In the report, titled “Possible Implications of Faulty U.S. Technical Intelligence,” Richard Lloyd, a former United Nations weapons inspector, and Theodore Postol, a professor of science, technology and national security policy at the Massachusetts Institute of Technology, argue that the question about the rocket’s range indicates a major weakness in the case for military action initially pressed by Obama administration officials.

 

***

 

To emphasize their point, the authors used a map produced by the White House that showed which areas were under government and rebel control on Aug. 21 and where the chemical weapons attack occurred. Drawing circles around Zamalka to show the range from which the rocket could have come, the authors conclude that all of the likely launching points were in rebel-held areas or areas that were in dispute. The area securely in government hands was miles from the possible launch zones.

 

In an interview, Postol said that a basic analysis of the weapon – some also have described as a looking like a push pop, a fat cylinder filled with sarin atop a thin stick that holds the engine – would have shown that it wasn’t capable of flying the 6 miles from the center of the Syrian government-controlled part of Damascus to the point of impact in the suburbs, or even the 3.6 miles from the edges of government-controlled ground.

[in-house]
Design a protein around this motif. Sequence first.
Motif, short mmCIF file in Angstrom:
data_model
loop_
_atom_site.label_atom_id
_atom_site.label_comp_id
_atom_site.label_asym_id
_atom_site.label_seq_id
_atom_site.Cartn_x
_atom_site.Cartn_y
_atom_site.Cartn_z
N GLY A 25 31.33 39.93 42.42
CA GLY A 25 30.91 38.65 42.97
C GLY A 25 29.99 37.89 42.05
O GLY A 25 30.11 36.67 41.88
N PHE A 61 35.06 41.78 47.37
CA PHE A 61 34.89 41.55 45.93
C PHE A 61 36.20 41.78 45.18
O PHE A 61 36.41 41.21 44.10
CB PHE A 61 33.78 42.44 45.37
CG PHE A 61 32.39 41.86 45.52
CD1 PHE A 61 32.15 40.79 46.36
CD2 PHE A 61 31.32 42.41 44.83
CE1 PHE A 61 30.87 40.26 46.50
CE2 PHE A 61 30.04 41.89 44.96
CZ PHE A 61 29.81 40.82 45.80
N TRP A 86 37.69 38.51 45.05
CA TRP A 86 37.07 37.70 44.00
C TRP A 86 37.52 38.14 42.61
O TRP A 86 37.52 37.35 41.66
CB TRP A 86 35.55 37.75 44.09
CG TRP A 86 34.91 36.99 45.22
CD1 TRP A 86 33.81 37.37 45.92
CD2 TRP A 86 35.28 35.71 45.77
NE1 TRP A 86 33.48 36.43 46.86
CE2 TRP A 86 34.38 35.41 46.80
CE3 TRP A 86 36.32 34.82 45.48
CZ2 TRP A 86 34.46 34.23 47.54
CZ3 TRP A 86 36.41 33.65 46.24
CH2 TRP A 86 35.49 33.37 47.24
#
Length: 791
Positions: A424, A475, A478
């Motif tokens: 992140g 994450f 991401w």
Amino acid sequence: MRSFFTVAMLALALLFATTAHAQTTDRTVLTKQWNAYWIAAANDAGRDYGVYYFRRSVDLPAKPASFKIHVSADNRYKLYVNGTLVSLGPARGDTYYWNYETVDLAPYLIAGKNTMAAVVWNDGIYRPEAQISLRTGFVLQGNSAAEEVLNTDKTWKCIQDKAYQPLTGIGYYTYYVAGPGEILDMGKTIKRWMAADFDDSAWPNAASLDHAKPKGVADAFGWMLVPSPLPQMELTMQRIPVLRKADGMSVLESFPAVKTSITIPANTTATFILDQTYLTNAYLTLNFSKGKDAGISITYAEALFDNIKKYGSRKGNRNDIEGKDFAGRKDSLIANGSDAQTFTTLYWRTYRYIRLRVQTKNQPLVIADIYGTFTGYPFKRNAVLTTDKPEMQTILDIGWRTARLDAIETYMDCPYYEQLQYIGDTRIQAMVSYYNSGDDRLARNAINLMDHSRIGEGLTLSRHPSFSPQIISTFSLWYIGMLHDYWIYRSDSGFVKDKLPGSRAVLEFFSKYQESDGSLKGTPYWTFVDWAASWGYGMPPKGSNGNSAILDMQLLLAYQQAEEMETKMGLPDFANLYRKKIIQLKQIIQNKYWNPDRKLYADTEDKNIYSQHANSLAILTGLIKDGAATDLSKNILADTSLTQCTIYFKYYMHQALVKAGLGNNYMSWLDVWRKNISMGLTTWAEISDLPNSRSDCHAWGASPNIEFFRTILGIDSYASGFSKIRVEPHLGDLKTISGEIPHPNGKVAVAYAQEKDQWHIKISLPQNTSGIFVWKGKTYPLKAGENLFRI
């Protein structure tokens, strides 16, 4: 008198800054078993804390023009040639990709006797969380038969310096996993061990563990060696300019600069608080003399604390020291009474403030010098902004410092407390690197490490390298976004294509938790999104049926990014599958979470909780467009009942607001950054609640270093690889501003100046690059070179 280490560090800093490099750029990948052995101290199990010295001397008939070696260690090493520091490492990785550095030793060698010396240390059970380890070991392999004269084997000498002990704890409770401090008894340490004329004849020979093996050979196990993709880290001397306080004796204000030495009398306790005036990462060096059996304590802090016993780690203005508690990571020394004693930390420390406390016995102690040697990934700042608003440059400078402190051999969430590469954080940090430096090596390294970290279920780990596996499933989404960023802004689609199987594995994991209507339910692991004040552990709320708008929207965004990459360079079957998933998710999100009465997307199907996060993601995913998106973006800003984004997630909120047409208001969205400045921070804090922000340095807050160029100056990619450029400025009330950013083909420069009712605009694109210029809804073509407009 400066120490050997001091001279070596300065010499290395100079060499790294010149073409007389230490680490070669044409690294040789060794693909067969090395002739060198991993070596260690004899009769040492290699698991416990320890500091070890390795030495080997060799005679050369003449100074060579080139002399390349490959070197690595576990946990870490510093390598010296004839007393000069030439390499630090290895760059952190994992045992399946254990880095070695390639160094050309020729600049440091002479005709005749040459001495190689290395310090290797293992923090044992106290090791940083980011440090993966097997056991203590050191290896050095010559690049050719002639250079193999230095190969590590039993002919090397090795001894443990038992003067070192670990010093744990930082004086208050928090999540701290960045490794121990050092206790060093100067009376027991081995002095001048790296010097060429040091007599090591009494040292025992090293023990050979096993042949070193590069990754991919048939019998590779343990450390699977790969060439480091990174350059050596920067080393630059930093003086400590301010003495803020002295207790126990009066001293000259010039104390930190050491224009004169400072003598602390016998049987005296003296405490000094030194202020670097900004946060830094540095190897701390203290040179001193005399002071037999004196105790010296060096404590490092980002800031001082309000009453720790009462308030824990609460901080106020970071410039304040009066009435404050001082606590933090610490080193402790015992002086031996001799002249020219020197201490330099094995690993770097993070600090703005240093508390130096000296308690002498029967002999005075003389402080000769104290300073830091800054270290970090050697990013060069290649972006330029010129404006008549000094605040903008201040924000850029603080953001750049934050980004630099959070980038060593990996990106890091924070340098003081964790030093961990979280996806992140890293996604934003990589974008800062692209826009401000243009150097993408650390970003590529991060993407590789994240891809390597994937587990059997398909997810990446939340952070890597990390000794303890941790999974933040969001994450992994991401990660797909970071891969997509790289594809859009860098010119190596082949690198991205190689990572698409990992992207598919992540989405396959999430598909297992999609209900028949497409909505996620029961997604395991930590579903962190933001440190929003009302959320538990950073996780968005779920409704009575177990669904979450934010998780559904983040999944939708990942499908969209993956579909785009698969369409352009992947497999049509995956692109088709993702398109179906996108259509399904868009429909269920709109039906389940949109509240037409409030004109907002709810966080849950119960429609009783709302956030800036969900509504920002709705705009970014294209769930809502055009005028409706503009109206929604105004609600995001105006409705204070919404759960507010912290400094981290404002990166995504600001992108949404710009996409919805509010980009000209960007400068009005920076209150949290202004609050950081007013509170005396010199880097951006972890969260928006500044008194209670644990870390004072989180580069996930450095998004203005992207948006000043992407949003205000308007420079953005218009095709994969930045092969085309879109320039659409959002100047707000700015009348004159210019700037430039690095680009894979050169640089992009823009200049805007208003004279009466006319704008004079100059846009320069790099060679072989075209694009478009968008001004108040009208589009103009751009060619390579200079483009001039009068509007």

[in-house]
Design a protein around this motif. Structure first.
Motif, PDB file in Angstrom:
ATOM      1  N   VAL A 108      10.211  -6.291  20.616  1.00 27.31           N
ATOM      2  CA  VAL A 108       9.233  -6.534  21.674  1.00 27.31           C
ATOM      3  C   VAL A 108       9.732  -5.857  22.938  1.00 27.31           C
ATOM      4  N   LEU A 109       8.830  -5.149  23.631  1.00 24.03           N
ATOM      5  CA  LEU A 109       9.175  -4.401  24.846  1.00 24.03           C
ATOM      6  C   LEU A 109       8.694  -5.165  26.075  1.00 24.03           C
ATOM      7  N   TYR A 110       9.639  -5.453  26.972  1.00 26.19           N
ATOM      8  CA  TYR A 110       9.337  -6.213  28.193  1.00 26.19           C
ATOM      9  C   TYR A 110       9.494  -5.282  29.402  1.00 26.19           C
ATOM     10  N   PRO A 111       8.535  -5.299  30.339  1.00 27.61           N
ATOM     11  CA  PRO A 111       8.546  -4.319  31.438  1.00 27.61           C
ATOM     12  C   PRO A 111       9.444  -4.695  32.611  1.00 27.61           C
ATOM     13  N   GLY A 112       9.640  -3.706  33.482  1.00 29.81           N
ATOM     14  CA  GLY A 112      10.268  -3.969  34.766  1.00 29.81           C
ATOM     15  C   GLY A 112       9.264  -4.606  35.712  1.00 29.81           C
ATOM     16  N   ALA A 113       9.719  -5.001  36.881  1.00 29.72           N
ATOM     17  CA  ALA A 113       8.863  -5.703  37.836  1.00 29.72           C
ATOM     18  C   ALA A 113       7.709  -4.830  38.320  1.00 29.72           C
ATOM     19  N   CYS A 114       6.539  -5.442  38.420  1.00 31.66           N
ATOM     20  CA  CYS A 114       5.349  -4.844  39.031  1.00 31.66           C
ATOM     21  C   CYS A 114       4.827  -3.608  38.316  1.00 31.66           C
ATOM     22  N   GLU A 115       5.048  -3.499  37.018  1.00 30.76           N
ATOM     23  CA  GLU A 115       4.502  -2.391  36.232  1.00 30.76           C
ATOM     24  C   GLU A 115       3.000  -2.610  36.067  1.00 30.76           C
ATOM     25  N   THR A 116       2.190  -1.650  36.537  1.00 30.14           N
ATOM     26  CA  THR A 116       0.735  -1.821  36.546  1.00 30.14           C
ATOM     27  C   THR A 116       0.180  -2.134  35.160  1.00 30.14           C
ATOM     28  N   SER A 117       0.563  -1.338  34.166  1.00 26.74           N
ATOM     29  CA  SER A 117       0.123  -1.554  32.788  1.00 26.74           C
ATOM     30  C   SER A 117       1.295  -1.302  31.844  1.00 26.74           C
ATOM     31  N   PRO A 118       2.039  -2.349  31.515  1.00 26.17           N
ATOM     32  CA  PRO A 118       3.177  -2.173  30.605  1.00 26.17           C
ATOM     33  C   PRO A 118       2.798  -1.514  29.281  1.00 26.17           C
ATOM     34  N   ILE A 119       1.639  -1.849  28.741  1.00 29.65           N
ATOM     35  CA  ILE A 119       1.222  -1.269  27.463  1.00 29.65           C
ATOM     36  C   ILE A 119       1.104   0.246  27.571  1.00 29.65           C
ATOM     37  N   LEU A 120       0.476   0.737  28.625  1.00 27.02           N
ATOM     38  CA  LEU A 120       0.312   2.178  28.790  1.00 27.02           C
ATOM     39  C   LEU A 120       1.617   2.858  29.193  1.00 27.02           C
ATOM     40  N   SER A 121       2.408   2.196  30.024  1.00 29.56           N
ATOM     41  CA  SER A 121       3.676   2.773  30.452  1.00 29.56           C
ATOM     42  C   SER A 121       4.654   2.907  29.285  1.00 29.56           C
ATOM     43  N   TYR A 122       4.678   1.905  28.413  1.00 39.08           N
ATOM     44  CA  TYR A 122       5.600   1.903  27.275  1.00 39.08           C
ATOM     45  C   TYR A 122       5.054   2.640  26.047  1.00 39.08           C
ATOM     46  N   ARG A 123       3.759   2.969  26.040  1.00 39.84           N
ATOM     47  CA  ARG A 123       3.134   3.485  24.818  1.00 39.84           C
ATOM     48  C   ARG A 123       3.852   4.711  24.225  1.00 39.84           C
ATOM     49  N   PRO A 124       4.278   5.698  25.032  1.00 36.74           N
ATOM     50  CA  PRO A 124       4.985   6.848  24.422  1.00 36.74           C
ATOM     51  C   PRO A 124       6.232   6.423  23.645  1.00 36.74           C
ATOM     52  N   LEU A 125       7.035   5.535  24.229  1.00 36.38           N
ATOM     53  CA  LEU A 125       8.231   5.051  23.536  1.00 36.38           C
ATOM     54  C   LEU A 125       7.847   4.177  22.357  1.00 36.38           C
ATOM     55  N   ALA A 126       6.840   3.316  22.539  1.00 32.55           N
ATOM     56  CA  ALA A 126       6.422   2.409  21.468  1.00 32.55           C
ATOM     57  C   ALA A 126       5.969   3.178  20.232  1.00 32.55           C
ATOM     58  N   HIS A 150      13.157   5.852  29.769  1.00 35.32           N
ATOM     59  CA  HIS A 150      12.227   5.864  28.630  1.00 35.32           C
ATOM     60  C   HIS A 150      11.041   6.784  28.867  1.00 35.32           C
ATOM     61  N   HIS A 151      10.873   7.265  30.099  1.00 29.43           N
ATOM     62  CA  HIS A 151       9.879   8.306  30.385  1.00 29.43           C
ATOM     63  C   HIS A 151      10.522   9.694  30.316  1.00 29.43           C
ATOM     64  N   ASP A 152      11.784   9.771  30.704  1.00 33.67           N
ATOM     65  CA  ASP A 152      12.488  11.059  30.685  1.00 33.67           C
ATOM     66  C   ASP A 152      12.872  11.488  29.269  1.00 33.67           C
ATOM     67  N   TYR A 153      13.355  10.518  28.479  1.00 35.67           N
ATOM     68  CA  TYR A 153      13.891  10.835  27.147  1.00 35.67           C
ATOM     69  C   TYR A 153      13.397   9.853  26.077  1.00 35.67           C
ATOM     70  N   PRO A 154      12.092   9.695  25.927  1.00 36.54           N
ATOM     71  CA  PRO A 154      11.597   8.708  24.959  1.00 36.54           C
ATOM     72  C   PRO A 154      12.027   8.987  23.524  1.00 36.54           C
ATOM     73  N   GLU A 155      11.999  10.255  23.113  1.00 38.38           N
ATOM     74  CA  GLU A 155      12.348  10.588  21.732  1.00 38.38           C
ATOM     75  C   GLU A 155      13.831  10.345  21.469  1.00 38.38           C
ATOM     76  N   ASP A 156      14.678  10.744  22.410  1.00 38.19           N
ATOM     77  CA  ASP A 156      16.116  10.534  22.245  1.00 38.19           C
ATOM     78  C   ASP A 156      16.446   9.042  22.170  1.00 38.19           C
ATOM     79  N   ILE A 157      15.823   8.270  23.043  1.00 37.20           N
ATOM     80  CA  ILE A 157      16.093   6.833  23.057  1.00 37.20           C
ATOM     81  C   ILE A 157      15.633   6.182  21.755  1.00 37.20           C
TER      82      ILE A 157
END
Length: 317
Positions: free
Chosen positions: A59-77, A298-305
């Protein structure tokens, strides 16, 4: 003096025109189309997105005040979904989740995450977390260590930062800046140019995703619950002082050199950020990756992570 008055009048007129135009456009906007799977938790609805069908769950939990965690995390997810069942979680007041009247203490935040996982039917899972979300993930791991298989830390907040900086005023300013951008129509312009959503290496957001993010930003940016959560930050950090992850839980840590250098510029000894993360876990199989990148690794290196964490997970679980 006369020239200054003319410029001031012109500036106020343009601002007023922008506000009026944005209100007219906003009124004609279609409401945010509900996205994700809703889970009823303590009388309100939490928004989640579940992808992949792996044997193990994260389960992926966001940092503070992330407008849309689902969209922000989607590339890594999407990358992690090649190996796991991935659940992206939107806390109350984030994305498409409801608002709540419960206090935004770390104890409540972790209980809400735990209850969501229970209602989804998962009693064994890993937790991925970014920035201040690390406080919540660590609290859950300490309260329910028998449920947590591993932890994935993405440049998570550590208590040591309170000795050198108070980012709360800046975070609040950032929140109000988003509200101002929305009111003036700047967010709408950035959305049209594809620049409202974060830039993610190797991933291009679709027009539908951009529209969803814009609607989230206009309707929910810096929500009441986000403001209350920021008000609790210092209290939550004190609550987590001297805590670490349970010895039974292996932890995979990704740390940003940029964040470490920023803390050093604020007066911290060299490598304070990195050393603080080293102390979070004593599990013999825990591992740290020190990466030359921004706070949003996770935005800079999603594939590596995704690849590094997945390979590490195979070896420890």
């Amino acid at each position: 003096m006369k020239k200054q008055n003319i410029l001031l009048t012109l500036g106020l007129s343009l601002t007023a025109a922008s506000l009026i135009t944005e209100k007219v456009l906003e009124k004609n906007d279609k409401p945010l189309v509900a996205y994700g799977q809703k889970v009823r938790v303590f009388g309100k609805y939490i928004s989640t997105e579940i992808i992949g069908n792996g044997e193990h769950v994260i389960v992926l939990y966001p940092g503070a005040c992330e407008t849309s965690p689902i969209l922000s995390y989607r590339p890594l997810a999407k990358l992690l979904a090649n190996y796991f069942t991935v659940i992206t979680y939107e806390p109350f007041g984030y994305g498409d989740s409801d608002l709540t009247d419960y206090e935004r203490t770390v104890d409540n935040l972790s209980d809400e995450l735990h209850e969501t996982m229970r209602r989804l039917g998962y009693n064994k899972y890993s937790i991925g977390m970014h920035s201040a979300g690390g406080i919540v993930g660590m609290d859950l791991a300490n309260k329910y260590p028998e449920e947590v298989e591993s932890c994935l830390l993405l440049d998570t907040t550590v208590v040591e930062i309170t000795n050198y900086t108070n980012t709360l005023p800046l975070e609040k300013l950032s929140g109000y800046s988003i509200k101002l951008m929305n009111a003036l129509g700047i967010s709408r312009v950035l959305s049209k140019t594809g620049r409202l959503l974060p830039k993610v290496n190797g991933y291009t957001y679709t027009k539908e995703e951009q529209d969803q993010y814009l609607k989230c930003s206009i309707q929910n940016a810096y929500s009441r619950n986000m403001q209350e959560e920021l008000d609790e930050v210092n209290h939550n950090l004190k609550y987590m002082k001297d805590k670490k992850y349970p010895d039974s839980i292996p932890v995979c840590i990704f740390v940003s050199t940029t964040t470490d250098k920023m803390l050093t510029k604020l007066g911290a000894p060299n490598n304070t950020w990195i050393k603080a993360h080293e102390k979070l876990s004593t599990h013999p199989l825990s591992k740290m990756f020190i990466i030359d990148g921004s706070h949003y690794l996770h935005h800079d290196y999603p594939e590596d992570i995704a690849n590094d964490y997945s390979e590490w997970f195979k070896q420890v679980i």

He questioned whether U.S. intelligence officials had actually analyzed the improbability of a rocket with such a non-aerodynamic design traveling so far before Secretary of State John Kerry declared on Sept. 3 that “we are certain that none of the opposition has the weapons or capacity to effect a strike of this scale – particularly from the heart of regime territory.”

 

“I honestly have no idea what happened,” Postol said. “My view when I started this process was that it couldn’t be anything but the Syrian government behind the attack. But now I’m not sure of anything. The administration narrative was not even close to reality. Our intelligence cannot possibly be correct.”

 

Lloyd, who has spent the past half-year studying the weapons and capabilities in the Syrian conflict, disputed the assumption that the rebels are less capable of making rockets than the Syrian military.

 

The Syrian rebels most definitely have the ability to make these weapons,” he said. “I think they might have more ability than the Syrian government.” [He's right.]

 

***

 

They said that Kerry’s insistence that U.S. satellite images had shown the impact points of the chemical weapons was unlikely to be true. The charges that detonate chemical weapons are generally so small, they said, that their detonations would not be visible in a satellite image.

 

The report also raised questions whether the Obama administration misused intelligence information in a way similar to the administration of President George W. Bush in the run-up to the 2003 invasion of Iraq.  [Correct, indeed.] Then, U.S. officials insisted that Iraqi dictator Saddam Hussein had an active program to develop weapons of mass destruction. Subsequent inspections turned up no such program or weapons.

 

“What, exactly, are we spending all this money on intelligence for?” Postol asked.

 

***

Even the New York Times – one of the main advocates for the claims that the rockets came from a Syrian government base – has quietly dropped the claim.

But the U.S. is still taking the position that the only acceptable outcome for the coming Syria negotiations is for Assad to be replaced by the US-backed transitional government.